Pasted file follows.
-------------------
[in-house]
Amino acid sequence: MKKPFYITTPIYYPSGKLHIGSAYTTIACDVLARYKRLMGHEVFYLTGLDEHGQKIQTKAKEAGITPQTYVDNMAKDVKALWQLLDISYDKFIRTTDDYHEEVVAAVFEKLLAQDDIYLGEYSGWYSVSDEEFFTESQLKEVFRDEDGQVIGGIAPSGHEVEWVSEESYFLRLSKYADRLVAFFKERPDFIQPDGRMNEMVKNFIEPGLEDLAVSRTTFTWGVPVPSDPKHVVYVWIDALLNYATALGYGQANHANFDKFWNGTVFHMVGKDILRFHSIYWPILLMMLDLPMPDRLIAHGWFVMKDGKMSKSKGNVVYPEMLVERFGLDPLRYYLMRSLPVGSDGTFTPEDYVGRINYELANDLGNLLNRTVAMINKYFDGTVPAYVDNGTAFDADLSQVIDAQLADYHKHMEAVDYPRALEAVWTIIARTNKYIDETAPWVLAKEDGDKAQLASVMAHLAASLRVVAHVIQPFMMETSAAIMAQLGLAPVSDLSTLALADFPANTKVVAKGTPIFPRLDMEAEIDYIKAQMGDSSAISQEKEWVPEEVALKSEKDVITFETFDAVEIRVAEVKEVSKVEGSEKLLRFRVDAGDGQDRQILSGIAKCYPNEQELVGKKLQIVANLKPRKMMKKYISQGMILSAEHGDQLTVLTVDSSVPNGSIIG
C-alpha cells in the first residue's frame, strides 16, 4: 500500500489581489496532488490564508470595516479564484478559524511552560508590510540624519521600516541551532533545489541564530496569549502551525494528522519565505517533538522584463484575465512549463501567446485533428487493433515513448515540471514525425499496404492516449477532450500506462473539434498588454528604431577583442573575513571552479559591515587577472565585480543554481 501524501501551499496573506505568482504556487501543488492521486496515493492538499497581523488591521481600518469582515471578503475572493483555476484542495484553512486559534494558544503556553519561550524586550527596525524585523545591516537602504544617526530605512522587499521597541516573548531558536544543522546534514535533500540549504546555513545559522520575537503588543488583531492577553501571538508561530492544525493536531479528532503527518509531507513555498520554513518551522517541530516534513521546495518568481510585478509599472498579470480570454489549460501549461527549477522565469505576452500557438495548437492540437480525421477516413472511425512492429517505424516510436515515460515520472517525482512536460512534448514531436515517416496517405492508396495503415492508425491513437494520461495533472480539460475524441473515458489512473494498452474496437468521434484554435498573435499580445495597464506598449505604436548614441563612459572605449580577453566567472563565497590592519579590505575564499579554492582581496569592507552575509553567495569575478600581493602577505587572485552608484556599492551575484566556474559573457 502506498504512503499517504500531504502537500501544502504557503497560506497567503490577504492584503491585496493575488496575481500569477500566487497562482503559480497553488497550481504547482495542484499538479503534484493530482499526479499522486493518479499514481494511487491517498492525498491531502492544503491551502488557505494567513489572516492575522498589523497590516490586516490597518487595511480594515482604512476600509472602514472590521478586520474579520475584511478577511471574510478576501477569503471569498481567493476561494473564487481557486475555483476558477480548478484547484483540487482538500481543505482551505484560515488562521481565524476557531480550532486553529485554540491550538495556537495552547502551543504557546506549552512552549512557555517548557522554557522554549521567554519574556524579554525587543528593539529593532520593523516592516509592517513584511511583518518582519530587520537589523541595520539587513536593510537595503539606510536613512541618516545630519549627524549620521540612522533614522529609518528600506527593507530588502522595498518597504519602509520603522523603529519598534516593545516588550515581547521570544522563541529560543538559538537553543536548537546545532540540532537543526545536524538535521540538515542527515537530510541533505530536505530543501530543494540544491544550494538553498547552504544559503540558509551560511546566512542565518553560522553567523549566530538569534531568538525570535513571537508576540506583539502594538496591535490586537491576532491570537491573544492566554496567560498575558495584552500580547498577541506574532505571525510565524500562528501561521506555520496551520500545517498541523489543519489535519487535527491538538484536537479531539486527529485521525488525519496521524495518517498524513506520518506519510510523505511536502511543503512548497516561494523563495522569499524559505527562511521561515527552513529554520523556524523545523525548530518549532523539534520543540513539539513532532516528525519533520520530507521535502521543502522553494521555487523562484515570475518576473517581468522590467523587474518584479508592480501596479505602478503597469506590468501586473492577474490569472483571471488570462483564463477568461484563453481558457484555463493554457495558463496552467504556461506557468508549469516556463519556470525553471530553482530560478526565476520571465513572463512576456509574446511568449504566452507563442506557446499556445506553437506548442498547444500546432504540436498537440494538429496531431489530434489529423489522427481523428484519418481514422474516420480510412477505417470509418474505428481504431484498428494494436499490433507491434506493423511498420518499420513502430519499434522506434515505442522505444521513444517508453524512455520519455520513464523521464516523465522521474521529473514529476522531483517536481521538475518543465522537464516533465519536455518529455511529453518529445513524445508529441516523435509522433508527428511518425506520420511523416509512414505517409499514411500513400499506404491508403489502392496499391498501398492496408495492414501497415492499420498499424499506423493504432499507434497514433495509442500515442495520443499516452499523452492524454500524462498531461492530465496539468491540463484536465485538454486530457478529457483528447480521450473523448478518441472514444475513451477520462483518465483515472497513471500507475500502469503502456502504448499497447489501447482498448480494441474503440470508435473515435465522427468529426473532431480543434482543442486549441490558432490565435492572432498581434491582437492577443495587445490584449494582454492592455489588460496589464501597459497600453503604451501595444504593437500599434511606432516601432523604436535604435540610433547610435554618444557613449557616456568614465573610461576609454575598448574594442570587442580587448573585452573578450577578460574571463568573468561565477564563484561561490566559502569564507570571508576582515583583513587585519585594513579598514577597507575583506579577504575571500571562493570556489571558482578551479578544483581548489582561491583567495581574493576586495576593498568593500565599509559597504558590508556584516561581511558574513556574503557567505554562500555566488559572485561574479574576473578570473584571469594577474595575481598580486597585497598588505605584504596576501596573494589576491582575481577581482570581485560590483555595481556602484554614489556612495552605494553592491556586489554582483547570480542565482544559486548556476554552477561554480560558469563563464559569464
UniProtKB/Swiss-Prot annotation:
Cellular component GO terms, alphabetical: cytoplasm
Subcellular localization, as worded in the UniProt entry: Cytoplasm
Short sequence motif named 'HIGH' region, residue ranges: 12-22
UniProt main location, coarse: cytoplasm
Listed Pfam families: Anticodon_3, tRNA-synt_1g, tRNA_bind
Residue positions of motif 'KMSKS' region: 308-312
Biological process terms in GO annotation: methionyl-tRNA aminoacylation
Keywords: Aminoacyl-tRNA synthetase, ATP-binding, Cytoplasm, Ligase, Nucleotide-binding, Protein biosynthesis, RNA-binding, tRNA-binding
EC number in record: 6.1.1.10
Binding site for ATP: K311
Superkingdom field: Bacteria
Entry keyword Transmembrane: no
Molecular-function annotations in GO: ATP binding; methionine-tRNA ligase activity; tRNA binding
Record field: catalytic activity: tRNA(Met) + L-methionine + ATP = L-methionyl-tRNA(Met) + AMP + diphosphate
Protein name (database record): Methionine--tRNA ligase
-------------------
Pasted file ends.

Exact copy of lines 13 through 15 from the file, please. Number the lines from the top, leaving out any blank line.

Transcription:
EC number in record: 6.1.1.10
Binding site for ATP: K311
Superkingdom field: Bacteria